No one said that, and I’m surprised you’d think I thought that way. Only that I react to race as a sociological phenomenon, and sociologically, it’s pretty clear that there is a wide and flexible group called “whites” and then there are “Asians” and “Blacks.” Anthropologists argue about how to draw these distinctions, whether there should be more, or even if any distinctions matter at all. For the sake of social observer, I’m pretty simple. I allow white people to define themselves for me in the following way: If watching a sexual or romantic scene between a white woman and a member of this ethnic group, do they have a powerful ab-reaction?
Yup, there it is. And over the years I’ve watched Desi Arnaz, Ricardo Mantleban, Omar Shariff, William Shatner and so forth in various sexual and/or romantic situations with white women, and not a peep from the audience. Hispanic, Arab, Jewish…all treated as family under the big tent. Now…go far enough east to get Jackie Chan, or Jet Li or whoever, and the audience rejects them. Look at The Rock or Vin Diesel, with that racial ambiguity going on…and they can have sex onscreen. Any darker than that, and the audience rejects them, or has a serious discomfort reaction. I’ve watched it happen in hundreds of movie theaters over the forty years I’ve noticed this, and it’s no fluke.
“As you would already know if you'd grown up in a family belonging to some elitist-minded ethnic subdivision (e.g., German-American) that actively demanded the "completely unambivalent love of intelligence" in a surrounding white majority culture that pretty much denigrated intelligence (e.g., mainstream L.A. in the 1970s).”
Again, an incorrect assumption. I did grow up in such a group, called Bougouis black folks in L.A. in the 1960’s.
“It's your prerogative to talk and think and write as if all non-blacks were the same, and it's even understandable that somebody in your position would feel that way -- but that viewpoint's simply balderdash, and it'll lead you to write poorly about other people if you give it its way.”
Wow. Are we being a bit too sensitive? Again, I never said anything of the like. But I won’t let people break apples into Pippin, Granny Smith, etc., counting them each as different apples if you label oranges simply “oranges.
Again the thought experiment was on the “what if Godzilla fought Superman” level—magical, not science fiction. When I wrote “Lion’s Blood” I certainly didn’t “simply” switch races—that wouldn’t be possible, given any theory I could believe concerning the formation of civilizations.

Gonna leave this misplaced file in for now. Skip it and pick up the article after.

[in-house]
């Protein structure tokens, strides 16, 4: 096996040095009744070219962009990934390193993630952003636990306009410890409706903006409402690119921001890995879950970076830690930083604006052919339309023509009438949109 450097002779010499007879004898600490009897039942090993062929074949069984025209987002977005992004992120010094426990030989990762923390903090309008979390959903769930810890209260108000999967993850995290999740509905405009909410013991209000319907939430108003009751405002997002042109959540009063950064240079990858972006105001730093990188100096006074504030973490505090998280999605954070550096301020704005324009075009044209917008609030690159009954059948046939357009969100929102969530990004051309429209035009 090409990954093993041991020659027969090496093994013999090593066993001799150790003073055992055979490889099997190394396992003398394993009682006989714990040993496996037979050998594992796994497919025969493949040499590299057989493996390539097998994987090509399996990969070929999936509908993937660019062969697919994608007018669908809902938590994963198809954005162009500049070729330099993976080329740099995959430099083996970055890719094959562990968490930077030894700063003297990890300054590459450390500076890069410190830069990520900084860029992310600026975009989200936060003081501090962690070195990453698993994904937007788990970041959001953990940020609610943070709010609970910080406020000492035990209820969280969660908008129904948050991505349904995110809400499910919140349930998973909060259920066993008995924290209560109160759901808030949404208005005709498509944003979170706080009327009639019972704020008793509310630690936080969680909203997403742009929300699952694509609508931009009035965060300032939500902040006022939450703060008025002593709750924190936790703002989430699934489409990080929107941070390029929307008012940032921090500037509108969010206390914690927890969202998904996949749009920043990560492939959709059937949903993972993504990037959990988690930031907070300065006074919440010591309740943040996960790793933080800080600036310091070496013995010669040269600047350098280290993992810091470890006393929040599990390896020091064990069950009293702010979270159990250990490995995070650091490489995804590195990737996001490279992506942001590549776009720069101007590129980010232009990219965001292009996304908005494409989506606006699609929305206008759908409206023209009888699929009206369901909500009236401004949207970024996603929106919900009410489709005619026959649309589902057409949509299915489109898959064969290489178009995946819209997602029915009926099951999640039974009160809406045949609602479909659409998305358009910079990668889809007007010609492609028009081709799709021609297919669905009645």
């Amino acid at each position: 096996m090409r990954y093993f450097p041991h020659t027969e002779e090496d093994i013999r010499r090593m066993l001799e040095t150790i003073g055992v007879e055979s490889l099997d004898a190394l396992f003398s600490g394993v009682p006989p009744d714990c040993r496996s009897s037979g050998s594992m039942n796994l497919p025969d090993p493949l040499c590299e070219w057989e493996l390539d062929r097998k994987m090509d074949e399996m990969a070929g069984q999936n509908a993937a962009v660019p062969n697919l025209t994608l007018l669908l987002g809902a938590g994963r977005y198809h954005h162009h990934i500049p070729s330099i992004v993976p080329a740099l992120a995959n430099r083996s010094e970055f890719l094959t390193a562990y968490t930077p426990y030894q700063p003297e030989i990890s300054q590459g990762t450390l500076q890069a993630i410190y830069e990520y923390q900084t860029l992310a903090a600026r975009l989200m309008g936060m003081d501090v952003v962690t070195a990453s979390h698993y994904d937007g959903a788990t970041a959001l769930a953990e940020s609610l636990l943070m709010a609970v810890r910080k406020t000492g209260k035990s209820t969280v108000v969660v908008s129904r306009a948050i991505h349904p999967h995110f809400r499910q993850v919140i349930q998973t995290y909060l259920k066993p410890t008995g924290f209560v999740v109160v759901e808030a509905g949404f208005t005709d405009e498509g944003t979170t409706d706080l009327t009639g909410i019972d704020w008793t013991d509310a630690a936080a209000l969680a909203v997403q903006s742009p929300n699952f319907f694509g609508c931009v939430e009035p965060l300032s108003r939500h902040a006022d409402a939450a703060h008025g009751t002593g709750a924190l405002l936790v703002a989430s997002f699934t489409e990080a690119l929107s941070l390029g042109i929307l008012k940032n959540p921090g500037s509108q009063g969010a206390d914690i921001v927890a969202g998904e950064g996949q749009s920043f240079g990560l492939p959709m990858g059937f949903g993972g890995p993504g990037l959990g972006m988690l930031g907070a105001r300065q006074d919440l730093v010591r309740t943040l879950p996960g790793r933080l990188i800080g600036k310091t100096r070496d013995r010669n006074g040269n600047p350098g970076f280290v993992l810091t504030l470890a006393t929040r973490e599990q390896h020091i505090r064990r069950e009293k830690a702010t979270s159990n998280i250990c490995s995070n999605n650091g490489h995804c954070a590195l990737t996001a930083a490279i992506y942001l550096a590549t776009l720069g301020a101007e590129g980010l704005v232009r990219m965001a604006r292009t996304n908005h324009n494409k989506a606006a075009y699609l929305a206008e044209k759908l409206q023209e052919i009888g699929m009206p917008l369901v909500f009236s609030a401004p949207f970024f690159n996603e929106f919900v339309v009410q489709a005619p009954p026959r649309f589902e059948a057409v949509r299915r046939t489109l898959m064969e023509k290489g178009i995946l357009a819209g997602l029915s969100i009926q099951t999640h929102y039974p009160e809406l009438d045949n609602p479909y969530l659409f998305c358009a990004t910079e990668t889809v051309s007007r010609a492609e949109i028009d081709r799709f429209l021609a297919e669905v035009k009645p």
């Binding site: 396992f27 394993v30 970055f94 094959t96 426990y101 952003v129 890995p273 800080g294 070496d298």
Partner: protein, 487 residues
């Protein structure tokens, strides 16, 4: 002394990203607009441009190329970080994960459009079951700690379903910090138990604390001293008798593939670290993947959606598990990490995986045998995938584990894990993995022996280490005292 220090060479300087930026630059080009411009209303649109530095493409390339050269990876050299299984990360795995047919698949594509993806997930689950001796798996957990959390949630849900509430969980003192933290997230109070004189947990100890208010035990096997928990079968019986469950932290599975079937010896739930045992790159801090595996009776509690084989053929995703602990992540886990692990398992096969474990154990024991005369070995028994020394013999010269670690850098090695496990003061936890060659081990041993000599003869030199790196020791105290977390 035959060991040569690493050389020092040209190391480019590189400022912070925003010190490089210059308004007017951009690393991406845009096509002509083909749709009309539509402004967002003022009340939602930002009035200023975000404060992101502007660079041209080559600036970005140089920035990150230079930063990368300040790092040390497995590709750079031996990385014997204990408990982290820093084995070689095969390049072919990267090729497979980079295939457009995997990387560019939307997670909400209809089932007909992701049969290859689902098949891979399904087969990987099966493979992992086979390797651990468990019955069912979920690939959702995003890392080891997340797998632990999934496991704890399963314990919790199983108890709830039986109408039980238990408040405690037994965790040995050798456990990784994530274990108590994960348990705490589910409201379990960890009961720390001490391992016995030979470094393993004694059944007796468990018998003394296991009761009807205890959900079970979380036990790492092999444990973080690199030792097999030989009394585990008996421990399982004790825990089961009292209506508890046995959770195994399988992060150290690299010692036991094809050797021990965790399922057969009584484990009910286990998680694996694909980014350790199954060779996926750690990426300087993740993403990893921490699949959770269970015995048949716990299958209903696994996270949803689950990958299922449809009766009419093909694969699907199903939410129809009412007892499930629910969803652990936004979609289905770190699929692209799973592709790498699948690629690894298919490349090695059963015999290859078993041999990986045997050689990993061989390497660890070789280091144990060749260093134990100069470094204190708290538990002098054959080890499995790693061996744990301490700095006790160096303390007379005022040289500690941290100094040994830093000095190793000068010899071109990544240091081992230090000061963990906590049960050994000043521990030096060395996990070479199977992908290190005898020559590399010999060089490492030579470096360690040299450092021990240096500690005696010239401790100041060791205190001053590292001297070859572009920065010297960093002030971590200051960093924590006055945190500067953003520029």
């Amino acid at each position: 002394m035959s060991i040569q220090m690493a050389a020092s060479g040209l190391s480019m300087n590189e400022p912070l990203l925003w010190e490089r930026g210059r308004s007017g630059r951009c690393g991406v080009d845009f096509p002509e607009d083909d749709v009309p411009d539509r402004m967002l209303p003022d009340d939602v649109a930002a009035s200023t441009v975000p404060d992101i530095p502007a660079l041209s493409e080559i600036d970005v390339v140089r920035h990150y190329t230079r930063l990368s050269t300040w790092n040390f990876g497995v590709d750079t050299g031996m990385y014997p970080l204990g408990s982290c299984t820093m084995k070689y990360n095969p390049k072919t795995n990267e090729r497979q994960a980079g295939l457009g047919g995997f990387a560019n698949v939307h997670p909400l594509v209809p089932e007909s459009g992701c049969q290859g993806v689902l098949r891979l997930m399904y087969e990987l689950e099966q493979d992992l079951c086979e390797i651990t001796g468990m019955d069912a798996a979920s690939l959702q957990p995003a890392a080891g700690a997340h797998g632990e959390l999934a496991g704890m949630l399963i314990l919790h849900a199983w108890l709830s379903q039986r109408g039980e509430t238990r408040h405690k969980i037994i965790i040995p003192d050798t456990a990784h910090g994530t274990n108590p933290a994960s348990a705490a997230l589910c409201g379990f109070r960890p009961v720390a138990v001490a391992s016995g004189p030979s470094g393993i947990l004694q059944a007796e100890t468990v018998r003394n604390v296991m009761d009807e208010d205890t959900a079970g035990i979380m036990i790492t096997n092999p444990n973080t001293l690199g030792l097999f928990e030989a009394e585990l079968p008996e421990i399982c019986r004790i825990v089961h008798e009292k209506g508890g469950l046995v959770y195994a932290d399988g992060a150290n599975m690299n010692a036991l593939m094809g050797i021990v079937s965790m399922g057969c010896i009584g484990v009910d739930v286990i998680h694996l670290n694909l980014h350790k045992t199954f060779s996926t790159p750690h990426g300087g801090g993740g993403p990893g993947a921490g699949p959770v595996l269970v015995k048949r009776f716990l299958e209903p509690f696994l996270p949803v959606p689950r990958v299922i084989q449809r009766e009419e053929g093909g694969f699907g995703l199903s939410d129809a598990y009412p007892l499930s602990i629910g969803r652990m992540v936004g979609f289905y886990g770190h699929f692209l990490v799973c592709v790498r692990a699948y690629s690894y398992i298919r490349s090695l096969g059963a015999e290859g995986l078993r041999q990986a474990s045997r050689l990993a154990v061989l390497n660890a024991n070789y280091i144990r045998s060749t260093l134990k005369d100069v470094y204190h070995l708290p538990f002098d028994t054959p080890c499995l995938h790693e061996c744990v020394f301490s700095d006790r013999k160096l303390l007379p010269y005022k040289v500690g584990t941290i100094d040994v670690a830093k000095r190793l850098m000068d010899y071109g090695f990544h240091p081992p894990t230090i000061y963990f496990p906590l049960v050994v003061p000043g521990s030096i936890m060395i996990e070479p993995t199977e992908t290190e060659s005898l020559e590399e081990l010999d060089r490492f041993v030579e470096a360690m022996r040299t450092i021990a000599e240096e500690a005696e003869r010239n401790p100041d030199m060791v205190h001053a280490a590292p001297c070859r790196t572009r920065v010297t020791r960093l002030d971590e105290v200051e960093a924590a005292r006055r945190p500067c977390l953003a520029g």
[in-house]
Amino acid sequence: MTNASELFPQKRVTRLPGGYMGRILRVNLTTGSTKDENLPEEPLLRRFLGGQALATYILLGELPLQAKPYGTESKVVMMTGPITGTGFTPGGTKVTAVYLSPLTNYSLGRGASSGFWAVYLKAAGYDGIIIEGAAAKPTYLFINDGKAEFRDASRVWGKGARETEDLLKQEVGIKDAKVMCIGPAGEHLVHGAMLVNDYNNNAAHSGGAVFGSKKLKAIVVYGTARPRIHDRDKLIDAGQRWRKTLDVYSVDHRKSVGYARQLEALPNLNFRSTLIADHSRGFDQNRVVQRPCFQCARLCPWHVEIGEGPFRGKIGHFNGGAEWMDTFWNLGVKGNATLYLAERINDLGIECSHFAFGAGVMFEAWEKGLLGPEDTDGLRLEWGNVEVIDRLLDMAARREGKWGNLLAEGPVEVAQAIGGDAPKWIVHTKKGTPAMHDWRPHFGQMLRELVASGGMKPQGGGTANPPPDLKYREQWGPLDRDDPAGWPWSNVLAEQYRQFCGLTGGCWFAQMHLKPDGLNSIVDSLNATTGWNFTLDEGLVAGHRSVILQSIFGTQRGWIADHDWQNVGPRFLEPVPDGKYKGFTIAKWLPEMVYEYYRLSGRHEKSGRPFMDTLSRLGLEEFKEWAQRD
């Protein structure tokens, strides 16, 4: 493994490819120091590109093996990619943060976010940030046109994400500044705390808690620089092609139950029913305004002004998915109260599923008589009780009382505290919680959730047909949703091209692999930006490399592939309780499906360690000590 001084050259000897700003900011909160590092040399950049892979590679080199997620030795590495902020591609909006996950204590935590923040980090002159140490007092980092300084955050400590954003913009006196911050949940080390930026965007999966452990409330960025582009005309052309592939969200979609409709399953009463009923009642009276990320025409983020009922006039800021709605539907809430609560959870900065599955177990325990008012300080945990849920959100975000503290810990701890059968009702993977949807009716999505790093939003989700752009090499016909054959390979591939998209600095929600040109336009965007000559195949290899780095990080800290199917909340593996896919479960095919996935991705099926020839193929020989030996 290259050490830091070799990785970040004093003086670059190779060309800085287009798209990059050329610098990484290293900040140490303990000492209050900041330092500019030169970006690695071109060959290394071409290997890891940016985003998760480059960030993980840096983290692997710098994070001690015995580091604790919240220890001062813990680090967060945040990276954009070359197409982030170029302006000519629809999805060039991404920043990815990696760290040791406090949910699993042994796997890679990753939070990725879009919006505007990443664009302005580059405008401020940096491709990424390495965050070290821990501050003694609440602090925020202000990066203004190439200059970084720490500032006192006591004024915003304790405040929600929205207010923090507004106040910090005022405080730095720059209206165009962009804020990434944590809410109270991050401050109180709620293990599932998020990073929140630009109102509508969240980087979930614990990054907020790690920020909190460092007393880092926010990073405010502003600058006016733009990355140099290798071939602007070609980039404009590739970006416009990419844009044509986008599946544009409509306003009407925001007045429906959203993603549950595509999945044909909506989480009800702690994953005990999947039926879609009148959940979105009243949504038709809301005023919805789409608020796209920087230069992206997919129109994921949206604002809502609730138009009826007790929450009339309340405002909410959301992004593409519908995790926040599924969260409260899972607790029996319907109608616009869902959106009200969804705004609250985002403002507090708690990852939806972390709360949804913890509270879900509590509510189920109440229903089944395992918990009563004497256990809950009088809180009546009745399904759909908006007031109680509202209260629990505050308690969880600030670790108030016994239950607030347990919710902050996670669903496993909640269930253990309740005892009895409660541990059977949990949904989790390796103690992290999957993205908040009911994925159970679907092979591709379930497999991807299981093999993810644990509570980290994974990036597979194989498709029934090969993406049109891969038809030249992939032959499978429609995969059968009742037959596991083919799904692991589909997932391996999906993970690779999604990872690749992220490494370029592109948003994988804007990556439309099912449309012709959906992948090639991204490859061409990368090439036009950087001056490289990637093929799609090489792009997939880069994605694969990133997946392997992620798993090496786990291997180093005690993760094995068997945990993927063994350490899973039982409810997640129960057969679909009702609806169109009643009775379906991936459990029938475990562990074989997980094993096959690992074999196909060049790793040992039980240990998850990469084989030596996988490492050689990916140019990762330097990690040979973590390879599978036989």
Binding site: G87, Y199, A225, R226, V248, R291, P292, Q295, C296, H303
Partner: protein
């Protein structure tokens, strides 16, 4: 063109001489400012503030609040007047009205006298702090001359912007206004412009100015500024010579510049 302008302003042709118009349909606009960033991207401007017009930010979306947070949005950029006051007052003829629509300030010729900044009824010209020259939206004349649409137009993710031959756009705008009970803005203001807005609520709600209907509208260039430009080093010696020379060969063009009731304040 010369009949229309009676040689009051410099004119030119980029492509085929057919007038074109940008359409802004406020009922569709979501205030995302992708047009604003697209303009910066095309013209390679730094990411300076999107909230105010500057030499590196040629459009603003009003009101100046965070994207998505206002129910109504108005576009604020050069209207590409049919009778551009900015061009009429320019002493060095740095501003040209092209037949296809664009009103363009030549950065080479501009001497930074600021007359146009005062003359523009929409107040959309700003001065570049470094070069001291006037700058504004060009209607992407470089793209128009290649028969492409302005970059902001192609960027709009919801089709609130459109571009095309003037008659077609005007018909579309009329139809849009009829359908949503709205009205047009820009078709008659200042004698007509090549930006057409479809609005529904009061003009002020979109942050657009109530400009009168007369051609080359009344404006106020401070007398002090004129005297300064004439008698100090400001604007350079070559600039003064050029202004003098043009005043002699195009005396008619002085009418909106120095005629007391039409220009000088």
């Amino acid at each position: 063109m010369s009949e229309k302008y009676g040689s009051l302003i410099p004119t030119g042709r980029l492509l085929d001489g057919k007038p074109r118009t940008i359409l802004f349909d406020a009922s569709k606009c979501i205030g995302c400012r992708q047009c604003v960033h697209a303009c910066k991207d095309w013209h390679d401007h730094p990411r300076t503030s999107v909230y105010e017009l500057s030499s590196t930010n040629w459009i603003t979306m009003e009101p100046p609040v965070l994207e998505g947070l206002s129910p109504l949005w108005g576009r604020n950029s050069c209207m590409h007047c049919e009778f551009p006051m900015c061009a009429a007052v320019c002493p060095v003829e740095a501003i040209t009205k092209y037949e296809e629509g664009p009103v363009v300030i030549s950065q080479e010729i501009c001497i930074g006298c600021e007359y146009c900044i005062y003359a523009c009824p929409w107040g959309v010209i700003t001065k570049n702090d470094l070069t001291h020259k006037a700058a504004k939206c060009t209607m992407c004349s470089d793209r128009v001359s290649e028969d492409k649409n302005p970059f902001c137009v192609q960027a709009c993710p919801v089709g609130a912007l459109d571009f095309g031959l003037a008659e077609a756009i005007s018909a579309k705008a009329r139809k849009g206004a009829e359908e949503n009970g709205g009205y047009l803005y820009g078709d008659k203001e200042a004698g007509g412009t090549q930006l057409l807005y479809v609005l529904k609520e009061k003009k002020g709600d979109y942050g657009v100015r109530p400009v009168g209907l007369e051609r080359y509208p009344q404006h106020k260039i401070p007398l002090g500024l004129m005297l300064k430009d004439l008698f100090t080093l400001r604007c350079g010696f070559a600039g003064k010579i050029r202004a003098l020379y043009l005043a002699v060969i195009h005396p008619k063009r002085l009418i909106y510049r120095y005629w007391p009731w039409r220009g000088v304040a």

But there were other changes I made, for the sake of readability. For instance, the conditions of the Middle Passage were actually BETTER than those I found historically. I did this not to make blacks look better, but so that white readers wouldn’t throw the book across the room. There’s only so much people can take, and as it was, readers still had a hard time.
And the slaves themselves were grouped ethnically, a no-no in American slavery, which worked very hard to specifically destroy ethnic groupings. When someone says “I was taught that Irish were superpeople” that’s great! But in a truly inverted America there would BE no Irish, no Jews, no Greeks—only a mish-mash, melded together with no memory of their language, culture, religion, or history. No names. Grew up reading history books without images resembling them at all. Every dollar in their pocket would have the face of a black man. Every president they are told to idealize would be a black face. In a perfectly inverted world, even the God they are told to worship from childhood would be personified as a black man, and every day, in every way, for the first 400 years they were in America, they are told in a thousand different ways that they are worthless second-class citizens. So that foundation of strength, of identity, would be gone. Just gone.
Instead, the only shared identity would be one of deprivation and pain. Recent immigrants from Europe would look at American whites and feel pity: “you don’t know who your people are? What is your name?” and feel a mild confusion and contempt, as African immigrants often do toward black Americans.